Highlands and Islands power cut investigation continues
Engineers are still trying to establish what caused a power cut which blacked out most of northern Scotland.
Scottish and Southern Energy believes the outage, which struck on Wednesday evening, may have started with a fault on a line between Moray and Inverness.
More than 200,000 properties were affected at the height of the disruption but electricity has now been restored to all homes.
Among the areas affected were Fort William, Moray, Caithness and Orkney.
The Western Isles and Skye were also hit by the outage, which started at about 20:30 on Wednesday.
Street and traffic lights cut out across towns and villages causing some safety concerns but the emergency services said the blackout appeared to be incident free.
NHS Highland said all of its back-up generators kicked in and there was no disruption in its hospitals or threat to patient care.
Some rail services to and from Inverness were delayed.
Flavia Patterson, a spokeswoman for Scottish and Southern Energy Power Distribution (SSEPD), told BBC Radio's Good Morning Scotland programme: "It looks to us like the fault occurred between Moray and south of Inverness so that's the area we're concentrating on.
"We're looking at whether there was weather-related damage or whether there was some kind of debris - whether something physically affected the infrastructure."
The company said it had narrowed the investigation down to an area of overhead transmission line of about 55 miles between Blackhillock and Knocknagael.
A helicopter has been patrolling the line with the support of ground crews. As yet, no visible damage or signs of the fault have been identified.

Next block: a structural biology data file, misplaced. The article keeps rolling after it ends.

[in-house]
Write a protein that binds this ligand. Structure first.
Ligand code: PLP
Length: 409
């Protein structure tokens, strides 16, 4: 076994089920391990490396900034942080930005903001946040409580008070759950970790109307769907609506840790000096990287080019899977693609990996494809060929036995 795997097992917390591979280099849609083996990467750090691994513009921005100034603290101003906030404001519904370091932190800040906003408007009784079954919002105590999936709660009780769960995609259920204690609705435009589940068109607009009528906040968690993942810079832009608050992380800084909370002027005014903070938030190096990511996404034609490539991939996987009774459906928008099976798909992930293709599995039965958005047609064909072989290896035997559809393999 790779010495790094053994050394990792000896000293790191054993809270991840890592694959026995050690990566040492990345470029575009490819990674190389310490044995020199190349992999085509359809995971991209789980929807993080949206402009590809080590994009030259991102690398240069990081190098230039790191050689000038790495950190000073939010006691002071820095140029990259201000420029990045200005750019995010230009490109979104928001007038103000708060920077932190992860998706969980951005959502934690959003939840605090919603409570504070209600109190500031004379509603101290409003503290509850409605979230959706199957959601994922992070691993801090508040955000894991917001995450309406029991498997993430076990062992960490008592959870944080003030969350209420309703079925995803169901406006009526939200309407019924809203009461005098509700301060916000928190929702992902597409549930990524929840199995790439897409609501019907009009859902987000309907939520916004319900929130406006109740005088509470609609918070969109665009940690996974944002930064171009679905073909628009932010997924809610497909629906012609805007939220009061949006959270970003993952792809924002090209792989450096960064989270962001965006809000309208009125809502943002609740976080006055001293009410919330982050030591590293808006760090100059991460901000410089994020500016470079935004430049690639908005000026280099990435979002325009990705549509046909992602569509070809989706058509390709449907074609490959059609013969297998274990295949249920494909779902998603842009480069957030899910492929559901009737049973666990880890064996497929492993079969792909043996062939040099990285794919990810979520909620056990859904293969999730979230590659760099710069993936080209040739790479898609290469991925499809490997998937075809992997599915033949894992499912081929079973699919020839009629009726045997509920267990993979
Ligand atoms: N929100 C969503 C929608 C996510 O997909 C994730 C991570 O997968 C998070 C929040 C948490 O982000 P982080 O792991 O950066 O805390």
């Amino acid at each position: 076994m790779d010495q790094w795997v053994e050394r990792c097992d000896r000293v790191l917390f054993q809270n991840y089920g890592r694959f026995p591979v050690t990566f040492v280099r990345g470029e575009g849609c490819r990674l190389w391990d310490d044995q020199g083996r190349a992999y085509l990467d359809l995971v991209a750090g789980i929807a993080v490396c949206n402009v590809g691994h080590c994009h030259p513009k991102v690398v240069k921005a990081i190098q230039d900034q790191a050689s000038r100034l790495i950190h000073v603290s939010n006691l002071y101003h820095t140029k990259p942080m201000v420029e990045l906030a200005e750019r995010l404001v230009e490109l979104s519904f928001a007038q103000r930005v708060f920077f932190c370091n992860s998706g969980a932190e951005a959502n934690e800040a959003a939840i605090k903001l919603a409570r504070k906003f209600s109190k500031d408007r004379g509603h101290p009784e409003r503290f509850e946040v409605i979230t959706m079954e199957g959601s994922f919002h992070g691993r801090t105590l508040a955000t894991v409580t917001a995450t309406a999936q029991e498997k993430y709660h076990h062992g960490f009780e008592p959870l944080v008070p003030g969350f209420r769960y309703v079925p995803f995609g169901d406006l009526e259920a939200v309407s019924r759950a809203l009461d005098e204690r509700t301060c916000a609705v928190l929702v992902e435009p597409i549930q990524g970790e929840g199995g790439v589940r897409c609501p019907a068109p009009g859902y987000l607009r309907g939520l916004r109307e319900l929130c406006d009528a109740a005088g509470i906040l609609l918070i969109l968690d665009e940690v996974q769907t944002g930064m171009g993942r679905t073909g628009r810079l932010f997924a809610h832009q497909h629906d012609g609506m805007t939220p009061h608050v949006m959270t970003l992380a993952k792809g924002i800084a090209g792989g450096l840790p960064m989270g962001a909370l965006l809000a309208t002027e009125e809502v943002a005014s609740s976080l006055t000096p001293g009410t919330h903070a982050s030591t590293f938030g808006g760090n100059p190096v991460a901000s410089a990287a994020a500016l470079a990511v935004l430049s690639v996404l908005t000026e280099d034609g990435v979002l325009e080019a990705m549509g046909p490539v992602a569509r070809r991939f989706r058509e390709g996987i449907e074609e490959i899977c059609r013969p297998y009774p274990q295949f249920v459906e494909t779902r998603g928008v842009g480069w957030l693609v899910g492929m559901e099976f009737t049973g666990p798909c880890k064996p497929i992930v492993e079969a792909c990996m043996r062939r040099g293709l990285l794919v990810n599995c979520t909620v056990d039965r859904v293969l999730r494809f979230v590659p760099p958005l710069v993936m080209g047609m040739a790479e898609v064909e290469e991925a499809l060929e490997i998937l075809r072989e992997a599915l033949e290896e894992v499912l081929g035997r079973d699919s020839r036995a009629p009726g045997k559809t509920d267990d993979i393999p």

On Thursday afternoon, SSEPD told a second meeting of the Scottish Government Resilience Committee (SGoRR), which is activated in the event of widespread or complex emergencies, that the fault was transient (non-damaging to the lines) as the system came back on line with no issues.
Such faults can be caused by foreign objects striking the lines such as debris in windy weather, lightning strike, pollution or equipment failures, it said.
Questions have been asked about how one fault could knock out so much of the country. Engineers say that to ensure quick recovery from a significant event large parts of the network can shut down to protect the infrastructure.
An SSEPD spokesman said: "We would like to apologise to our affected customers and thank them for their patience while we restored power to their homes.
"We communicated with our customers during this rare outage and worked closely with National Grid and the Scottish government throughout.
"Our network contingency procedures worked effectively and our teams reacted quickly, this resulted in the majority of homes in Inverness being affected for under one hour, with the last home being restored within three hours in Caithness."
The spokesman added: "Last night our top priority was to restore power quickly and safely. Since then our teams continue to work on the technical analysis required to identify the cause of this highly unusual fault."
The Highlands and Islands Local Resilience Partnership (HILRP) said "in the region of" 205,000 homes were affected at the peak of the disruption.
HILRP said the power company informed it that all power had been restored by 00:30.